Whatever you say is true.... I stand corrected... Please forgive me my ways will you..?

          August 10, 2013 at 2:14 pm |
        • .

          keep making excuses for yourself but it won't change the fact you have poor writing skills.

          August 10, 2013 at 2:17 pm |
    • markdemers

      To be honest, I don’t think you and Rachel are that far apart. You admit that “we are deeply flawed creatures.” Rachel claims to get that information from her religion. How did you come by it? “Personal responsibility.” Assuming you both are correct – that human beings are “sinful”, or “deeply flawed,” there is a point at which every individual has to come to this awareness themselves. In Christian teaching, that awareness is part of a process called “repentance”. And, as she notes in her piece, “confession” is not the exclusive property of Christianity. Every Twelve Step program uses it liberally.

      And how can “deeply flawed creatures” be trusted to do what you say we have to do – “construct systems of fair play, systems that keep selfishness, lying, theft, hatred, violence at bay”? A vision of a “better system” is what Christians call the Reign of God. Their inspiration for that vision is Jesus. And the people Jesus criticized most severely were the self-confident self-righteous folk who thought they had all the answers.

      You say: “If this world is going to be any better, it is completely up to us to make it so.” She says that the first step in the liberating process of making the world better – our world, and everyone’s world – us a step of grace. You say it is entirely a rational process – presumably inspired by and fueled by secular humanism. Neither of you deny the need for a different world. Why come down so negatively on a piece that seems to say so much of what you want to say?

      Just wondering.

      August 10, 2013 at 1:42 pm |
    • Laurence Charles Ringo

      So tell us"Seph",how long do you think you will have been dead by the time this Glorious Utopia will be realized,hmm?...a 100 years? 1,000?10,000? Whatever flaws you think are inherent within MS.Evans claims(or Christianity's claims),the fantasy world you envision will NEVER be realized as long as humanity is as it is.As long as we've been human,your kind of world has NEVER existed,EVER!! Christianity may have its flaws,but it NEVER deludes itself about the human heart,as MS.Evans pointed out,and is on all its ugly display on this blog!!

      August 10, 2013 at 6:40 pm |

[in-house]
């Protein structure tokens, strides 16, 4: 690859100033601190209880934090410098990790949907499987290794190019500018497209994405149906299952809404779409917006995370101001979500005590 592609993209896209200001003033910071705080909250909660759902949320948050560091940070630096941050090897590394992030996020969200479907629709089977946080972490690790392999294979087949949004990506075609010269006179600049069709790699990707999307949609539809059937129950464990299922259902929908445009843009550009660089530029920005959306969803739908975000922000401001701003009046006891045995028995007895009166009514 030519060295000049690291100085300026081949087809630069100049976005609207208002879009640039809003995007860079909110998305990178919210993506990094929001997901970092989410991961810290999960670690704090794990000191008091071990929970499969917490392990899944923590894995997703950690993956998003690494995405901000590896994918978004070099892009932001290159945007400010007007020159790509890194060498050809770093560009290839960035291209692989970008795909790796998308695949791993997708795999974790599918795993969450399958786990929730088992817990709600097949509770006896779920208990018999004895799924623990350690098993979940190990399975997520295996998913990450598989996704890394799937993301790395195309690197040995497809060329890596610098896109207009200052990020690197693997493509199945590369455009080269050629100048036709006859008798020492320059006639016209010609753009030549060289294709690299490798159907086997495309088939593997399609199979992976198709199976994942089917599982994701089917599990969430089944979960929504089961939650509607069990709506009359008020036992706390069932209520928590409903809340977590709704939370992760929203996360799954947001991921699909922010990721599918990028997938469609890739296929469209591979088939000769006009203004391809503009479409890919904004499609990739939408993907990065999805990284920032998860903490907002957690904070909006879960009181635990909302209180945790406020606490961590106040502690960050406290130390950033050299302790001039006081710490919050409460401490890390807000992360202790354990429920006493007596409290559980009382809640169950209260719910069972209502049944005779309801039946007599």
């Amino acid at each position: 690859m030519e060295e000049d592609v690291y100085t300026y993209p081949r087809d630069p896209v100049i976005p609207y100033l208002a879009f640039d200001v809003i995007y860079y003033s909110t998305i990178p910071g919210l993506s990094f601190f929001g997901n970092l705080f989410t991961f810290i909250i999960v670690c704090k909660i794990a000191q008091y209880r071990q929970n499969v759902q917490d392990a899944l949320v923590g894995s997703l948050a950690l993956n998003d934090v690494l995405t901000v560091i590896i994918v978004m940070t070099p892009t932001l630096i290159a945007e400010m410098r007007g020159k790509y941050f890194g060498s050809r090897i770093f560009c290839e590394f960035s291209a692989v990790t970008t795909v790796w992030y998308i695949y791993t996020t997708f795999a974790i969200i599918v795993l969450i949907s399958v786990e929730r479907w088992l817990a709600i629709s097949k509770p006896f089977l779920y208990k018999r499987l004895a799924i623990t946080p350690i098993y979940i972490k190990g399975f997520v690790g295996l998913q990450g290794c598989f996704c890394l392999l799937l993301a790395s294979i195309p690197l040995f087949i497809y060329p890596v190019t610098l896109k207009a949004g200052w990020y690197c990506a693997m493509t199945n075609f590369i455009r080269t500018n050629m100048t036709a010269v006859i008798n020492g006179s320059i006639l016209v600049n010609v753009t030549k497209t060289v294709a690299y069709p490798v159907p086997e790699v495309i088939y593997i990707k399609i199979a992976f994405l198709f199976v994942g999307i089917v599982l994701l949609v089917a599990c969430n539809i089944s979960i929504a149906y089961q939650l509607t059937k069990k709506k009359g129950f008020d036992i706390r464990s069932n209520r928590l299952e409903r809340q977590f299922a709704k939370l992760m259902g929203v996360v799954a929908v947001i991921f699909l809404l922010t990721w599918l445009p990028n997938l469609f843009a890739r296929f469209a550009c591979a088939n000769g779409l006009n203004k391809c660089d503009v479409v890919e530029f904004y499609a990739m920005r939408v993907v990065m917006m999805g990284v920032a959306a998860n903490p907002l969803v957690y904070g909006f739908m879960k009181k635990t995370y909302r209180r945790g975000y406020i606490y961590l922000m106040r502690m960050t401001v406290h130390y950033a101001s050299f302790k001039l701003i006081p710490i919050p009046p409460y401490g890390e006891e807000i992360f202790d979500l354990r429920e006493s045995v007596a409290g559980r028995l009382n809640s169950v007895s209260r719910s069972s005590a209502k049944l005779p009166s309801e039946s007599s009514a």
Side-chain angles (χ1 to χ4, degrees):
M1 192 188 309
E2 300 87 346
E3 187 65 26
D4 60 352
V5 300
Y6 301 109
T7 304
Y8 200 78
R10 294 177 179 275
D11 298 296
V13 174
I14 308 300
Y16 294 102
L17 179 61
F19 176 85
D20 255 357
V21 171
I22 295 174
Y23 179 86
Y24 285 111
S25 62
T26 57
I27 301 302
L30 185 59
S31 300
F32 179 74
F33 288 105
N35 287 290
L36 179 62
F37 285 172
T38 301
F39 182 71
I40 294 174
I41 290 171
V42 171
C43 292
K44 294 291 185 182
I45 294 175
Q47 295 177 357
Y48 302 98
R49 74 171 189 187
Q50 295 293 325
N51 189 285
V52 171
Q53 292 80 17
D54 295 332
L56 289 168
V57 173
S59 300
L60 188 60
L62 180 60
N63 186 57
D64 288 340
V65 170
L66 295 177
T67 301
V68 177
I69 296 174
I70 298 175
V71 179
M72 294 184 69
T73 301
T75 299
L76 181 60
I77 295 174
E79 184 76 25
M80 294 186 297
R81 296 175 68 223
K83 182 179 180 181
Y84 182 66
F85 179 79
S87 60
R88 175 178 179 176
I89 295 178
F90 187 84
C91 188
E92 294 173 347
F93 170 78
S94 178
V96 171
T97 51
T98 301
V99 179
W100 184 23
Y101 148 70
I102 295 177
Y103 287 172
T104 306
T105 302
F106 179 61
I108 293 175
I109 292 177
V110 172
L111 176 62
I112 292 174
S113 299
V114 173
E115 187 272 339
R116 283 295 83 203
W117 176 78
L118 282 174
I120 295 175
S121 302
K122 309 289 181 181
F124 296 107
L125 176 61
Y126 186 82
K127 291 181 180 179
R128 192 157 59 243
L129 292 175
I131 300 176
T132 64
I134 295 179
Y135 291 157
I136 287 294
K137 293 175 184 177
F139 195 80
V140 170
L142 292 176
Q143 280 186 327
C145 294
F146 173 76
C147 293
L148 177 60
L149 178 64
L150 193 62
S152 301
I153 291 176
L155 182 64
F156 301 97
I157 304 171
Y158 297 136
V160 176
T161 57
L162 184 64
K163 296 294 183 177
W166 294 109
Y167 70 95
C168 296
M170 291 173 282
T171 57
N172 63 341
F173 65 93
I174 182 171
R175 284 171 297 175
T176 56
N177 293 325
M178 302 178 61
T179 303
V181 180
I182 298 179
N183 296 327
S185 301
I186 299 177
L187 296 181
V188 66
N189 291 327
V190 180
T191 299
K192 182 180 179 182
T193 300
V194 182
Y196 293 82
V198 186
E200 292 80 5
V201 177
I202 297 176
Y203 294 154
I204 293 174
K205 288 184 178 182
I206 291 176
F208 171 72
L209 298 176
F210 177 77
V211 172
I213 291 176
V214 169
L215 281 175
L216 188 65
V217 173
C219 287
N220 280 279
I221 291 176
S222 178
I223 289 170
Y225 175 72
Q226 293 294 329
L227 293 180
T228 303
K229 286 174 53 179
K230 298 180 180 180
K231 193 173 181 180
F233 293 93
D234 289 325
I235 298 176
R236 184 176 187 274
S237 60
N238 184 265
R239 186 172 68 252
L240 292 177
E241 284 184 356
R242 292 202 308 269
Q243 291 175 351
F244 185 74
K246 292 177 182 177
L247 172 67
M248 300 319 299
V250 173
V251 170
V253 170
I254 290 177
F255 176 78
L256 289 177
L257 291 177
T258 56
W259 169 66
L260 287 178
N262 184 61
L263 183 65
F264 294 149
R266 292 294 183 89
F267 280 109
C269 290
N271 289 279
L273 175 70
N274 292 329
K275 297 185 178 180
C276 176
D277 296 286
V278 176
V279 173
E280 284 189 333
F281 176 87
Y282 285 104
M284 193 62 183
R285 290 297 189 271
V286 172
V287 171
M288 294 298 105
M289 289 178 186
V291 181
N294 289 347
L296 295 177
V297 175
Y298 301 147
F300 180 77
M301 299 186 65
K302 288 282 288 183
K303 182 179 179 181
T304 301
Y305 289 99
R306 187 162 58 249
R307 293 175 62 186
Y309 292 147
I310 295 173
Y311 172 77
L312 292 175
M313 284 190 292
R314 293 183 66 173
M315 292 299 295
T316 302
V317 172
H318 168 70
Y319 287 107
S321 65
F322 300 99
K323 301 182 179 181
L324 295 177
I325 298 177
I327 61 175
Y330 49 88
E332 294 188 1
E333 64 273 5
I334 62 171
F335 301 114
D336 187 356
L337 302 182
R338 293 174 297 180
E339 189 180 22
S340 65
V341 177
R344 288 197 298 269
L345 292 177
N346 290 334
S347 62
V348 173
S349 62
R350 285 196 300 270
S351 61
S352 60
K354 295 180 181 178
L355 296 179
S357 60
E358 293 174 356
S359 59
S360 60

• skytag

      "Rather if this world is going to be any better, it is completely up to us to make it so."

      indeed, for all the talk of what God can do, and there is a lot of it, there's no evidence he's actually done anything.

      August 10, 2013 at 6:57 pm |
  20. K2

    For the message of the cross is foolishness to those who are perishing, but to us who are being saved it is the power of God. - 1 Corinthians 1:18

    August 10, 2013 at 12:31 pm |
    • Cpt. Obvious

      You mean there are religious beliefs and cults who declare those who follow them are smart and good and those that don't follow them are stupid and bad? Wow! I would never have guessed it.

      August 10, 2013 at 12:34 pm |
      • Clarification

        That's not what the verse is saying. It's saying that for those who don't believe, the message of Jesus is foolish or "stupid and bad." To those who do believe, the message of Jesus is the power of God or "smart and good." It offers no assessment of the people themselves.

        August 10, 2013 at 12:49 pm |
        • Cpt. Obvious

          And somehow you managed to miss the entire point. Religions always say that they are right and others are wrong. That's what a religion is, does, expresses in every moment of its existence. Of course a religion is going to say that those who agree with it see its "sense" and those that don't agree with it don't see its "sense." Would you expect anything else?

          August 10, 2013 at 12:52 pm |
        • I'm sorry Dave, I'm afraid I can't do that

          [youtube=https://www.youtube.com/watch?v=OxDtEs9uTVk&w=640&h=360]

          August 10, 2013 at 1:05 pm |
        • Blessed are the Cheesemakers

          The idea that one can only understand the logic and rightiousness of a postion until AFTER they have accepted it as "true" is "Cult Logic".

          August 10, 2013 at 1:29 pm |
    • Robert